Recourse vs. non-recourse

There is a major, major difference between recourse and non-recourse loans, as developers all over the country have found out to their distinct displeasure over the past few years.

A recourse loan is a loan where one or more of the borrowers agrees to personally pay back the loan, regardless of what happens to the property. If the loan payments are not made, the loan documents give the bank the right to go after the borrowers’ personal assets, like their houses or other assets. This makes recourse loans pretty safe from the bank’s perspective, and pretty dangerous from the borrower’s perspective. For example, say the neighborhood changes and, through no fault of the borrower, the rents go down, making the building unable to carry the mortgage. If the loan is recourse, that’s the borrower’s problem.

A non-recourse loan is one where the bank’s only choice, in the event of non-payment or other default by the borrower, is to take the property. In California, all residential loans (for properties of 1-4 units) are non-recourse by law. For larger properties of 5+ units, getting the bank to give you a non-recourse loan usually means paying the bank a slightly higher interest rate in exchange. In the example above, the borrower could theoretically walk away from the building, losing whatever downpayment he had but avoiding any additional penalty.

In my opinion, it is nearly always worth paying the premium to avoid recourse (so long as that premium is reasonably priced). Obviously, no borrower ever wants to default. For me, paying back all of the money I have ever borrowed is a point of pride and honor. But you never want to put yourself in a position where a deal going bad could cost your family their home or retirement savings.

One more thing to keep in mind: It’s incredibly important to pay close attention to the loan documents. Almost all non-recourse loans contain what are called “bad-boy carve-outs”. These are terms which mean that, if the borrower takes certain actions, the loan automatically changes from non-recourse to recourse. They’re called “bad boy carve-outs” because the actions they mean to prevent are things like lying on the loan applications, stealing rent money, failing to maintain the property, etc. So even if you have what you think is a non-recourse loan, be careful to continue to behave in an honorable way, lest problems with the asset rebound on you (which is what you were trying to avoid by going non-recourse in the first place!).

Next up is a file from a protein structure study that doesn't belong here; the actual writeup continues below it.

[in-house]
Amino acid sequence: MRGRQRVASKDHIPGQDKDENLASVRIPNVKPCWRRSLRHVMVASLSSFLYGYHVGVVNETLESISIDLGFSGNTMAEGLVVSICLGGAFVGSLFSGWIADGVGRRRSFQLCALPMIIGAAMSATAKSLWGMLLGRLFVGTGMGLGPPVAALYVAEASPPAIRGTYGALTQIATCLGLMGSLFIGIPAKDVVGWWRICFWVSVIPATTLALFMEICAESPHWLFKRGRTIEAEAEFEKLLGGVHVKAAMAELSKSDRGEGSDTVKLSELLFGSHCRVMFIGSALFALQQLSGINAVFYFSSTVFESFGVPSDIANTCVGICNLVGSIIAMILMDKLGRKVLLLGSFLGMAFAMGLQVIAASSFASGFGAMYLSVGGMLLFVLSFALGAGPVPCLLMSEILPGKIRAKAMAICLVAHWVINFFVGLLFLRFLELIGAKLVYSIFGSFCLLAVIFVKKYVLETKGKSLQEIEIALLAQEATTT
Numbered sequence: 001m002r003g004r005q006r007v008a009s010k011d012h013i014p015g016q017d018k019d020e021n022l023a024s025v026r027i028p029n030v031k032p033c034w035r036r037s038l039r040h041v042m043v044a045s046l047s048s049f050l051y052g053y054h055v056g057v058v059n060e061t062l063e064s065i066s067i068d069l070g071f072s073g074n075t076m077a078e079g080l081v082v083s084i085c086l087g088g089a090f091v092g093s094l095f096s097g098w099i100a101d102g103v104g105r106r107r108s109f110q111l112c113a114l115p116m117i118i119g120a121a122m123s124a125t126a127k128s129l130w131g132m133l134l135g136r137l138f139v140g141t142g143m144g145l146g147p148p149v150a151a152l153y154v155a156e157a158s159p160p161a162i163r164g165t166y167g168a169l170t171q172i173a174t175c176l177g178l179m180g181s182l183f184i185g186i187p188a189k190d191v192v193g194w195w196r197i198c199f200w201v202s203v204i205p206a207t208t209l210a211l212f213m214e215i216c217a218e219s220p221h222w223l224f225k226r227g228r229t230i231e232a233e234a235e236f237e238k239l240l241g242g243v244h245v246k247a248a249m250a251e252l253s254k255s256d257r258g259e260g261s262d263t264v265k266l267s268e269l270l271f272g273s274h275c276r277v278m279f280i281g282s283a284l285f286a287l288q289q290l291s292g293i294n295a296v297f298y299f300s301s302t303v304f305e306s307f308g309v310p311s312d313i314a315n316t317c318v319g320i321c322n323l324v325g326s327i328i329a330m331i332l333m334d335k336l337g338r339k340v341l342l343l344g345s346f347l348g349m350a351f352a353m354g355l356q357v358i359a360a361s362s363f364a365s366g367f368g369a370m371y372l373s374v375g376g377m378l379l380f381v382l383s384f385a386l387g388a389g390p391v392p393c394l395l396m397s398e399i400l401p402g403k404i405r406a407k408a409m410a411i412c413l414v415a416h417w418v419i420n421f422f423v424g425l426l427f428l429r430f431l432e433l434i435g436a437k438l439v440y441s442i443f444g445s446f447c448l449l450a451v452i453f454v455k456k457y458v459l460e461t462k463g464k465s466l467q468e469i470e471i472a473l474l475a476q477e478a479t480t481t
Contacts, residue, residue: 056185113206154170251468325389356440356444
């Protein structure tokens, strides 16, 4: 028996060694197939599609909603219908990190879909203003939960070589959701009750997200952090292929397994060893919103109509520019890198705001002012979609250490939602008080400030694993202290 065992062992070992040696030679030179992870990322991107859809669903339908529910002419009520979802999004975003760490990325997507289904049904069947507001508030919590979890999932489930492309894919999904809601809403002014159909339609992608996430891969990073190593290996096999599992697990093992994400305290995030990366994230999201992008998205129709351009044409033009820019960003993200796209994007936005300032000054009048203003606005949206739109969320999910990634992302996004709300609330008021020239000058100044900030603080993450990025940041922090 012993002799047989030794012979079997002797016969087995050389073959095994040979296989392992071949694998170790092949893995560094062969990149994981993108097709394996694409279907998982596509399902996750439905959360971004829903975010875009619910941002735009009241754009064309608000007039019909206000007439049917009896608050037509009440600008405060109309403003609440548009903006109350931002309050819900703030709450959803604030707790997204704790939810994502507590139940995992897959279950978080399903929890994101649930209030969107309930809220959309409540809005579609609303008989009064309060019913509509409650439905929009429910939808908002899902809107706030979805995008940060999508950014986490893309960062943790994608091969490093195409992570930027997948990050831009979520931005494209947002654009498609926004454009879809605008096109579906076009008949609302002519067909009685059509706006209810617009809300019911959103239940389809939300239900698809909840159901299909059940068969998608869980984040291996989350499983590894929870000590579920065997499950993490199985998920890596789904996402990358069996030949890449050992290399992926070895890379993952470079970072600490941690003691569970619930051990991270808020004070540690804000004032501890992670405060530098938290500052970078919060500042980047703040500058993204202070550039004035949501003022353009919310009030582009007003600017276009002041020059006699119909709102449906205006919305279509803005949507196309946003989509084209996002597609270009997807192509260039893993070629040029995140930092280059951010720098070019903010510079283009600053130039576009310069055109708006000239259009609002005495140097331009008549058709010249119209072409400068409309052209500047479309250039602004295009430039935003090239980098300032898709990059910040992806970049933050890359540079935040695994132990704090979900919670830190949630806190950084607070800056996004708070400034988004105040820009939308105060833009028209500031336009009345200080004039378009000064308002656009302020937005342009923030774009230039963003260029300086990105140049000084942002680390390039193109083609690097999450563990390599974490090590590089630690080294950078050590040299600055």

How you improve the neighborhood

Sometimes all you need to do to improve your neighborhood is to yell at a priest.

My brother and I own a 16 unit building on Reno St (the one from this story) that’s across an alley from a new church, one of those Latin Pentacostal deals.

The street itself isn’t the nicest one in LA, but it’s not terrible. We try to do our part by making sure that the strip of grass outside our building looks like this:

And here’s how the same strip of grass looks outside the church:

The last time we had our building appraised, I was literally on my hands and knees picking up trash up to the minute before the appraiser arrived because I was so paranoid about the impression the trash would leave on her. (See how glamorous it is to own a building?!)

I’ve been steaming about the trash for months.

Finally, the other day, I was at our building picking up the laundry money (again, the glamor!) and decided on a whim to call the church. I figured I’d get some voicemail, leave a message, and no one would ever do anything about it.

Turns out I was wrong. The minister got on the phone right away and spoke to me (in Spanish). He was super nice and understanding. He assured me the church would clean up. And they did.

Now our litte corner of “Silver Lake -adjacent” is a little less gross. I wonder how many other owners out there would benefit from doing the same thing.

Should I hire a property management company?

Not now, maybe later. That’s it, in a nutshell. Here’s what I mean:

On your first building, likely a 2-4 unit building acquired with an FHA mortgage, you don’t want or need a manager. First, you need to learn a bit about the business –  what it’s like to fill vacancies, collect rents, deal with maintenance issues, etc. Second, the 5% of the rents that you pay a management company is money you want to help pay your mortgage. So I recommend against hiring a management company at first.

But I definitely recommend hiring one later, and here’s why: Management doesn’t scale. As you add more units, you add more headaches. This is why my parents, who’ve owned apartments for 40 years or something, never got to be really big landlords. They always insisted on managing themselves. They got every call in the middle of the night, dealt with all the tenant BS, etc. And because of that, they never felt like going to the next level, because it would have added a ton of stress to their lives.